For those readers whose appetite for understanding more about Islam has been whetted, consult one of the many books that have been published on the subject. I urge you to consult Islamic as well as non-Islamic sources. The works of Bernard Lewis are amongst the most valuable in that Professor Lewis relies on and presents so much documentation and original source material that the reader gets much of the original, unfiltered perspective. For as Lewis points out, even the perception of and attitude toward history pass through different lenses in and outside of Islam.
“Moslems” and “Arabs” are not synonymous terms, but throughout Islam, the Arab culture is so intricately intertwined that for many of us, we do not know where one begins and the other ends. Mohammed, the Moslem Prophet, brought Islam to his fellow Arabs in the 7th century. It was a very appealing religion for the time, and very rapidly gained adherents throughout the Arab lands. The Arab, newly Islamic, armies spread out amongst neighboring people bringing the new religion to which people other than Arabs gravitated. The Islamic armies went throughout the Middle East into Iran, across Afghanistan into India; across the Mediterranean into Europe; downwards into Black Africa. Arab sea traders brought Islam to the Pacific. Hundreds of different non-Arab peoples became Moslems. The Koran, the Moslems’ Holy Book, was originally written in Arabic, and rather than possibly corrupt the word of The Prophet, the holy book remained in Arabic and was read in Arabic by peoples why had never had any other contacts with the Arab culture or language. Many of the concepts of Islam, emanating from the desert Arabic cultures transmitted many Arab concepts and philosophies to non-Arab peoples. For the most part each of these peoples, assimilated Islam and although there are differences of Islam in the many cultures the influence was two-way. Arabia as a place, also has a central role in the Moslem religion as each devout Moslem is required to, at least once in his lifetime, make a pilgrimage to Mecca. So today most Arabs are Moslems, but most Moslems are NOT Arabs. The Arabs with custody of most of the holy places of Islam are a spiritual center of Islam and have a cultural influence on Moslems throughout the world.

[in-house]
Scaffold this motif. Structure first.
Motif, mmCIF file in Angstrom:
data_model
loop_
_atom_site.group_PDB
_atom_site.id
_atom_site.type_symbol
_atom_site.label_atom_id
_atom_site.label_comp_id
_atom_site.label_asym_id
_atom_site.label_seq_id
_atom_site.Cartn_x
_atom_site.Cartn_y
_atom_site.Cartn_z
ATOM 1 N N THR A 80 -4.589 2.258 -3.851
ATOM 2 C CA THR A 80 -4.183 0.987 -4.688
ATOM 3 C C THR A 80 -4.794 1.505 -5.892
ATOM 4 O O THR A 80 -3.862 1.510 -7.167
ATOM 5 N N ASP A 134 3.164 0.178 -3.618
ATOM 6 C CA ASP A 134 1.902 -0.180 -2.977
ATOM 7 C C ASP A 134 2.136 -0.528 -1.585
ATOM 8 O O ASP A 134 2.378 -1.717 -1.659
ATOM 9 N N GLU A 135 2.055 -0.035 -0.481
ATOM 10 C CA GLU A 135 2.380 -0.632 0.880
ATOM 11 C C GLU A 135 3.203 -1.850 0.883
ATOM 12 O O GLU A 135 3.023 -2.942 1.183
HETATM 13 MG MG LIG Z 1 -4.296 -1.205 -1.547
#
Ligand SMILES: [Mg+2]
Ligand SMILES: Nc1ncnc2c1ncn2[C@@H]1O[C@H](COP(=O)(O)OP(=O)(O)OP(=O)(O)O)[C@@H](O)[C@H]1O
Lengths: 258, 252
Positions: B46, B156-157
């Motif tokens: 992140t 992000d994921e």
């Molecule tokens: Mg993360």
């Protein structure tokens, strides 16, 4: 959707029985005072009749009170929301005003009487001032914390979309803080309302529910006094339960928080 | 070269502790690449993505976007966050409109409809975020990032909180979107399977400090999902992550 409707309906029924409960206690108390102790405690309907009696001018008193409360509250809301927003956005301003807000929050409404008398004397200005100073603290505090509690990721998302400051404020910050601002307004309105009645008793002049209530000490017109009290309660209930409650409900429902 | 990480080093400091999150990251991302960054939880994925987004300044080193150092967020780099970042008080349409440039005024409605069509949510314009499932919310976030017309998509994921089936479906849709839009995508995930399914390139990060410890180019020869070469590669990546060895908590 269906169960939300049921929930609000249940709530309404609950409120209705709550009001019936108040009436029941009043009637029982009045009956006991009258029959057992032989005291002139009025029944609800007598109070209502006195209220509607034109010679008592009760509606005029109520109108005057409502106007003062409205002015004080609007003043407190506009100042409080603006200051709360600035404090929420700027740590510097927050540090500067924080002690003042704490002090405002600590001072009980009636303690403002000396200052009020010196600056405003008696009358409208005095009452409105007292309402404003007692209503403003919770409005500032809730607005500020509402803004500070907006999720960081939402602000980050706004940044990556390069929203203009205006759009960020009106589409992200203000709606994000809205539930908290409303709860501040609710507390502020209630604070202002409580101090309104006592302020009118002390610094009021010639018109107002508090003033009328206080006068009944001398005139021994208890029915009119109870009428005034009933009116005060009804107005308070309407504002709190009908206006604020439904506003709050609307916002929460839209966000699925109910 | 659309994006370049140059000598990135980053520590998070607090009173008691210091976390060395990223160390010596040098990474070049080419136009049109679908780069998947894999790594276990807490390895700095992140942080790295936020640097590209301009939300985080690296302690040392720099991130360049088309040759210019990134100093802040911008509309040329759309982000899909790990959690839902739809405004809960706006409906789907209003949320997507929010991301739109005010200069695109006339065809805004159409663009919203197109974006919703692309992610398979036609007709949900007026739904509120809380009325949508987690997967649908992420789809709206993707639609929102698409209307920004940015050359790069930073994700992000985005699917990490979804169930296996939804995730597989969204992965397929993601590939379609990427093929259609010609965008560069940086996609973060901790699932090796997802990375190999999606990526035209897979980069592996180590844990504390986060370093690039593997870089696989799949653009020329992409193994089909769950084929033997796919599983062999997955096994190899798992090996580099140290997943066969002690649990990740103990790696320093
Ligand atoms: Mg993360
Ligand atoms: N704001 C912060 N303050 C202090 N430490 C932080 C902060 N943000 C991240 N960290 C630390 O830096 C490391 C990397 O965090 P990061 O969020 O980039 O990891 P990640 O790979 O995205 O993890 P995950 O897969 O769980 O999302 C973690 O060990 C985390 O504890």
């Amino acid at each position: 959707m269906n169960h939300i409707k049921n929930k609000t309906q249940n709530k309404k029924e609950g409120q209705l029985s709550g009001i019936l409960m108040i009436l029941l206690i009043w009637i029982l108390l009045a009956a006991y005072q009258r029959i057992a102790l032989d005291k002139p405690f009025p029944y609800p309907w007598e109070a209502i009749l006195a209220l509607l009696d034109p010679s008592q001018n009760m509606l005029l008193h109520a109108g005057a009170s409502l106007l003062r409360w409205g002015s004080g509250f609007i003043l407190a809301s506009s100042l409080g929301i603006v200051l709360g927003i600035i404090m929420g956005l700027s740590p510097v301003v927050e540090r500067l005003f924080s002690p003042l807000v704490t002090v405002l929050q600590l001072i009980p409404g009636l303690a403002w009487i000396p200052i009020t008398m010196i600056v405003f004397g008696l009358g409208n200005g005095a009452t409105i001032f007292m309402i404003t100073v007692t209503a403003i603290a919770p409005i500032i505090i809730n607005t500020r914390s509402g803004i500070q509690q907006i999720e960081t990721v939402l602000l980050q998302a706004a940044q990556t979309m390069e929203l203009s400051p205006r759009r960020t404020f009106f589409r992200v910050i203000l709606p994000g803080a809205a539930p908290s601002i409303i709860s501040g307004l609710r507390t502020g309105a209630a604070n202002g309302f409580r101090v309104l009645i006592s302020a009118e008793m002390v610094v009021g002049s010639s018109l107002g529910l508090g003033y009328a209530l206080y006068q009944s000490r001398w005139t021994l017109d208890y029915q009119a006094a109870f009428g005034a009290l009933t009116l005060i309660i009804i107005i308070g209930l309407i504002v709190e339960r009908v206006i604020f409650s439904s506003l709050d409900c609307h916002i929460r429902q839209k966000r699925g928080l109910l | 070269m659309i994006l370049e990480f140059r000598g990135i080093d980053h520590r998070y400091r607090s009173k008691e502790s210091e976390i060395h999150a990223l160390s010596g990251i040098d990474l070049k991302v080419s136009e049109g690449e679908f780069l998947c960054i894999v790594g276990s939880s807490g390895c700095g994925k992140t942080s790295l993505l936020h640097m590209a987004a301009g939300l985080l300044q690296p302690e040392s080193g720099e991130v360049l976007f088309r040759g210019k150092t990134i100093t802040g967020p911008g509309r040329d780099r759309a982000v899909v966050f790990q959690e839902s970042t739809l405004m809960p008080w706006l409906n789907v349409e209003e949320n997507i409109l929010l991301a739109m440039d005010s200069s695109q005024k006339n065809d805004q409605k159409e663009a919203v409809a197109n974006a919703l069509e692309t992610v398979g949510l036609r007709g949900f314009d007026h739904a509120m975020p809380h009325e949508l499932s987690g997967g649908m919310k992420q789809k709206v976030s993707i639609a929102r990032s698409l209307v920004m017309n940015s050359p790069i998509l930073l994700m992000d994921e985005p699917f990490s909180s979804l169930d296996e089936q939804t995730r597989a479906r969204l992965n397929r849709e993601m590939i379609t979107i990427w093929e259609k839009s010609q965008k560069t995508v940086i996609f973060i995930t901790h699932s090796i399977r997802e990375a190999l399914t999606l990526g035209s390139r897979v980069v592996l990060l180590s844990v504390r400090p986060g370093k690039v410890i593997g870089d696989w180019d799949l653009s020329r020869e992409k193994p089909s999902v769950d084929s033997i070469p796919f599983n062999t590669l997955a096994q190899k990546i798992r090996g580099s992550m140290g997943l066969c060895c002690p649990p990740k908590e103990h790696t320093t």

Brunei Bahrain Albania Libya
United Arab Emirates Syria Somalia Sierra Leone
Saudi Arabia Oman Niger Senegal
Malaysia Lebanon Jordan Saudi Arabia
Iran Egypt Algeria Nigeria
Afghanistan Bangladesh Yemen Niger
Turkey Sudan Palestine Mozambique
Pakistan Nigeria Morocco Mauritania
Libya Kuwait Iraq Mali
Indonesia Tunisia Malaysia Maldives
Sudan Qatar Senegal Syria
Albania Bosnia-Herzegovina Azerbaijan Ivory Coast
Benin Djibouti Comoros Uzbekistan
Chad Cameroon Burkina-Faso Uganda
Gabon Kuwait Kazakhstan Iran
Guyana Guinea-Bissau Turkmenistan Tajikistan
Guinea Gambia Kyrghyz Republic Sierra Leone
There are about 1 billion Moslems in the world. It is the second largest of the world’s religions (after Christianity). 20% of the people of the world are Moslem. Indonesia is the world’s largest Islamic nation. India a predominantly Hidu state, contains over 150 million Moslems—about the same as the entire Arab world and similar to the Moslem population of the Islamic state of Pakistan.
Index to Islamic Dialogues
Entry filed under: History, Politics, Uncategorized. Tags: Arabs, dialogues, discrimination, drama, extremism, History, Islam, Moslems, plays, religion, religion. terrorism. fundamentalism, terrorism.